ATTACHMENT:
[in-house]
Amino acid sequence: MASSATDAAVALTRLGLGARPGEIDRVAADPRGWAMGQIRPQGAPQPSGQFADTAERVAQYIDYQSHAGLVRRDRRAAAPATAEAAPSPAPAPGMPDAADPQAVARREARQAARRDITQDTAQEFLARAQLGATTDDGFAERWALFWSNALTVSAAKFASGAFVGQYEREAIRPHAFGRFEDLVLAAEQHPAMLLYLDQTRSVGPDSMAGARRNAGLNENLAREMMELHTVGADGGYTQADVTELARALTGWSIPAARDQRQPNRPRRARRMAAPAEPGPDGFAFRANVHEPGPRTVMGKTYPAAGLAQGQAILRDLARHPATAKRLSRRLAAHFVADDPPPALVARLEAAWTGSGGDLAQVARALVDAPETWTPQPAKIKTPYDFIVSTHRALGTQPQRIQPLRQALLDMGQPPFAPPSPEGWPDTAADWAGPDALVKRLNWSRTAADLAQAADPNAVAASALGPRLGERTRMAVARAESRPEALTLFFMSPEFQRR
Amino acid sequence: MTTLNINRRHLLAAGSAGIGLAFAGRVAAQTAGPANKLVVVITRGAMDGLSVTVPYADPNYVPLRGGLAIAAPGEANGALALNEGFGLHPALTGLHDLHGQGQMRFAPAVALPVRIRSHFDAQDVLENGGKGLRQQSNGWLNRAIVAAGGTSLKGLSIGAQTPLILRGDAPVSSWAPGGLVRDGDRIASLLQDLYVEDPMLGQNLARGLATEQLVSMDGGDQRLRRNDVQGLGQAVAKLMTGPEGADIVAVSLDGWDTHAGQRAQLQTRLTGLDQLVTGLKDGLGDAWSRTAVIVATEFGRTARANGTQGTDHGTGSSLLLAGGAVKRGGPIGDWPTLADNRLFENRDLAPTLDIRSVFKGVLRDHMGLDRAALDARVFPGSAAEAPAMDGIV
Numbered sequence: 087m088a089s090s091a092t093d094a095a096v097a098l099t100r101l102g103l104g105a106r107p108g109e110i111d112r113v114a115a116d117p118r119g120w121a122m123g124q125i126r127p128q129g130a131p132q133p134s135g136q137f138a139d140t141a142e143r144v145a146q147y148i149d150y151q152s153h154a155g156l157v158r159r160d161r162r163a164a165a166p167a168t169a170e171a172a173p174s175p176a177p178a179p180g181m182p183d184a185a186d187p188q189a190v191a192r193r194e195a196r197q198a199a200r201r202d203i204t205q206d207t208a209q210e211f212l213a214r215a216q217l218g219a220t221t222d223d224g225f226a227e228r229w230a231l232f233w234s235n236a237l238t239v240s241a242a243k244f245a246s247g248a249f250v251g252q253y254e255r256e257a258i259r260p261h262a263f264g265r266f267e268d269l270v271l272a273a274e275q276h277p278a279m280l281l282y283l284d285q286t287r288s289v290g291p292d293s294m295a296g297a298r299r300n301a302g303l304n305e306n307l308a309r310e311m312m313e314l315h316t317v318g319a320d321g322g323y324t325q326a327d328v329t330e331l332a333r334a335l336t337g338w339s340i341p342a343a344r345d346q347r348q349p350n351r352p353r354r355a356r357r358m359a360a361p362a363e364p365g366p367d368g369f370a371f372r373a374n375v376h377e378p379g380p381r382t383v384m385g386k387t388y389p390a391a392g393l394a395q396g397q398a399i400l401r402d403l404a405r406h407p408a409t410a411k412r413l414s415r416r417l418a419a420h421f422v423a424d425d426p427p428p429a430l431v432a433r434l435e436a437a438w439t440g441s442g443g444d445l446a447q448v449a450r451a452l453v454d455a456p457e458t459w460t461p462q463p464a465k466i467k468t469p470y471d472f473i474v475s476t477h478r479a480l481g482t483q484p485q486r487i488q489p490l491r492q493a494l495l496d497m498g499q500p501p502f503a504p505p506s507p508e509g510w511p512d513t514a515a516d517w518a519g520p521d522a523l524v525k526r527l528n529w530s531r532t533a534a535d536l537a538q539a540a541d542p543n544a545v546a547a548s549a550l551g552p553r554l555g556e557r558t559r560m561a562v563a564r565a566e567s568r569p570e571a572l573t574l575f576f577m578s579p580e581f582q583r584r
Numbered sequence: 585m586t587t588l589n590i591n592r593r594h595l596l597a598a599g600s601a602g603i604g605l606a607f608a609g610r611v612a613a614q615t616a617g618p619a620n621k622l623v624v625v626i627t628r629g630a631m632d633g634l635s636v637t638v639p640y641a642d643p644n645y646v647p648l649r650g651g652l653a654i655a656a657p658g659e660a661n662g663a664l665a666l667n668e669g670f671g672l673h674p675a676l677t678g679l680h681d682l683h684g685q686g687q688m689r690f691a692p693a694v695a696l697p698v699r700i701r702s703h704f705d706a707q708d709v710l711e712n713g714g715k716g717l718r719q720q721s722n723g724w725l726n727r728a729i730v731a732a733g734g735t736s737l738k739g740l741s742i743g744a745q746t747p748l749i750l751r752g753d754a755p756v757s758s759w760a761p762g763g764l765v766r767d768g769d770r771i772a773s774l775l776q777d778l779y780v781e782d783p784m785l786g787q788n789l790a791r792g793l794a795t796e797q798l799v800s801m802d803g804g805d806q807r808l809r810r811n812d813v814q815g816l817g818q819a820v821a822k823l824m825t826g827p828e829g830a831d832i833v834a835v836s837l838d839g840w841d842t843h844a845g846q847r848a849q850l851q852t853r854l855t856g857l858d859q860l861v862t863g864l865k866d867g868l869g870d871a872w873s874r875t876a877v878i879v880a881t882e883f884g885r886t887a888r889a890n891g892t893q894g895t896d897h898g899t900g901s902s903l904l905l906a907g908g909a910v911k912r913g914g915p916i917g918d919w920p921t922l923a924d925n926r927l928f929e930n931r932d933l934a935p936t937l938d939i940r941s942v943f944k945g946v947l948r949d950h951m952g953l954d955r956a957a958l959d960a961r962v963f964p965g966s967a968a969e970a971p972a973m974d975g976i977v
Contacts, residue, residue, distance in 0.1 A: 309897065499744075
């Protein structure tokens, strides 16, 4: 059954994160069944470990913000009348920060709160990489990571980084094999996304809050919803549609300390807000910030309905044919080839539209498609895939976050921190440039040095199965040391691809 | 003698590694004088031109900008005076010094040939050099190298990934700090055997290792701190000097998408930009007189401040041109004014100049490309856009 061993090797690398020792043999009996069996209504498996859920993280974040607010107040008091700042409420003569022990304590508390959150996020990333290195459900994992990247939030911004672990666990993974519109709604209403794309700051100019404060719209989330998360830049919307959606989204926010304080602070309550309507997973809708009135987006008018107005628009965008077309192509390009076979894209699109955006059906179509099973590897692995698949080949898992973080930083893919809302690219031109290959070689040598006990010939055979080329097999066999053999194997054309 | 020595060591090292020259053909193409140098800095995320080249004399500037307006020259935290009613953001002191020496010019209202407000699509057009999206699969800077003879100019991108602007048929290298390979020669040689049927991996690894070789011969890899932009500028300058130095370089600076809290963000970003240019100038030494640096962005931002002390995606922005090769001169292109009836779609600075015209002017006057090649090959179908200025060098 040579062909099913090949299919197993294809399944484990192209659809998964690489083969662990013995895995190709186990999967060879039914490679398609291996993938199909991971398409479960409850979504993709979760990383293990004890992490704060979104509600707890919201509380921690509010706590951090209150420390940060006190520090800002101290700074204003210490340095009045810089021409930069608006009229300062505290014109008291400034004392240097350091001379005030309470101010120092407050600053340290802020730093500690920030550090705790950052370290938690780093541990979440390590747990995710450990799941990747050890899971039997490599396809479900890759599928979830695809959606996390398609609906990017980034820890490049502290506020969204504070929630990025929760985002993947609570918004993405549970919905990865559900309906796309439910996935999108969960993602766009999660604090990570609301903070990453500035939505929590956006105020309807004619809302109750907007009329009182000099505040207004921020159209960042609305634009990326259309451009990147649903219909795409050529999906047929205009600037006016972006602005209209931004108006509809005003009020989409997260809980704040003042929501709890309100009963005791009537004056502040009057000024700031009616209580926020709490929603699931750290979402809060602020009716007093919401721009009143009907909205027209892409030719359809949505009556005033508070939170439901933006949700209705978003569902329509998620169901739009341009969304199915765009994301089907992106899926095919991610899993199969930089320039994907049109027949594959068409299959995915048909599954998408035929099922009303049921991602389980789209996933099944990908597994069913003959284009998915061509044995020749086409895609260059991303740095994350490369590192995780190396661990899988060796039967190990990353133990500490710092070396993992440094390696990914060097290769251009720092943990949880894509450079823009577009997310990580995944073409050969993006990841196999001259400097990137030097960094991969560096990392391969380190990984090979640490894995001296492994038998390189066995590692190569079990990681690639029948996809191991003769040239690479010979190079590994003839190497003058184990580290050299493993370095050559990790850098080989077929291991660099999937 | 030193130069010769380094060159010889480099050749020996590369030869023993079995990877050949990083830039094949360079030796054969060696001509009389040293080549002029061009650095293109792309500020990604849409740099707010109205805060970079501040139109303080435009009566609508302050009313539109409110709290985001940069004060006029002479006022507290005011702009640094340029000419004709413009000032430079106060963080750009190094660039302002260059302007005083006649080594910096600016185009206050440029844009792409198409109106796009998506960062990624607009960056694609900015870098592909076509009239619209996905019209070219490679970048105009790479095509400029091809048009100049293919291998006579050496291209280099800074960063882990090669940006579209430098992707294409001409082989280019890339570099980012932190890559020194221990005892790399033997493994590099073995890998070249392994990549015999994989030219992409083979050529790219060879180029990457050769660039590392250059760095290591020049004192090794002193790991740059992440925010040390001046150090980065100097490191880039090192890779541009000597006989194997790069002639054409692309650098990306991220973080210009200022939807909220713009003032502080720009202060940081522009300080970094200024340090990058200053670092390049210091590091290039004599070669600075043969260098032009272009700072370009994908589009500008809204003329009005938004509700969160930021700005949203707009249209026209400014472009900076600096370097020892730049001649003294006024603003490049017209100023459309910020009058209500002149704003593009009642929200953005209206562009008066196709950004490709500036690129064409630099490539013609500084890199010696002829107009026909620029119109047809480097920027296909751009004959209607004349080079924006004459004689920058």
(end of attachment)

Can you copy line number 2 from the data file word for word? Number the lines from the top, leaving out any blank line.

Amino acid sequence: MASSATDAAVALTRLGLGARPGEIDRVAADPRGWAMGQIRPQGAPQPSGQFADTAERVAQYIDYQSHAGLVRRDRRAAAPATAEAAPSPAPAPGMPDAADPQAVARREARQAARRDITQDTAQEFLARAQLGATTDDGFAERWALFWSNALTVSAAKFASGAFVGQYEREAIRPHAFGRFEDLVLAAEQHPAMLLYLDQTRSVGPDSMAGARRNAGLNENLAREMMELHTVGADGGYTQADVTELARALTGWSIPAARDQRQPNRPRRARRMAAPAEPGPDGFAFRANVHEPGPRTVMGKTYPAAGLAQGQAILRDLARHPATAKRLSRRLAAHFVADDPPPALVARLEAAWTGSGGDLAQVARALVDAPETWTPQPAKIKTPYDFIVSTHRALGTQPQRIQPLRQALLDMGQPPFAPPSPEGWPDTAADWAGPDALVKRLNWSRTAADLAQAADPNAVAASALGPRLGERTRMAVARAESRPEALTLFFMSPEFQRR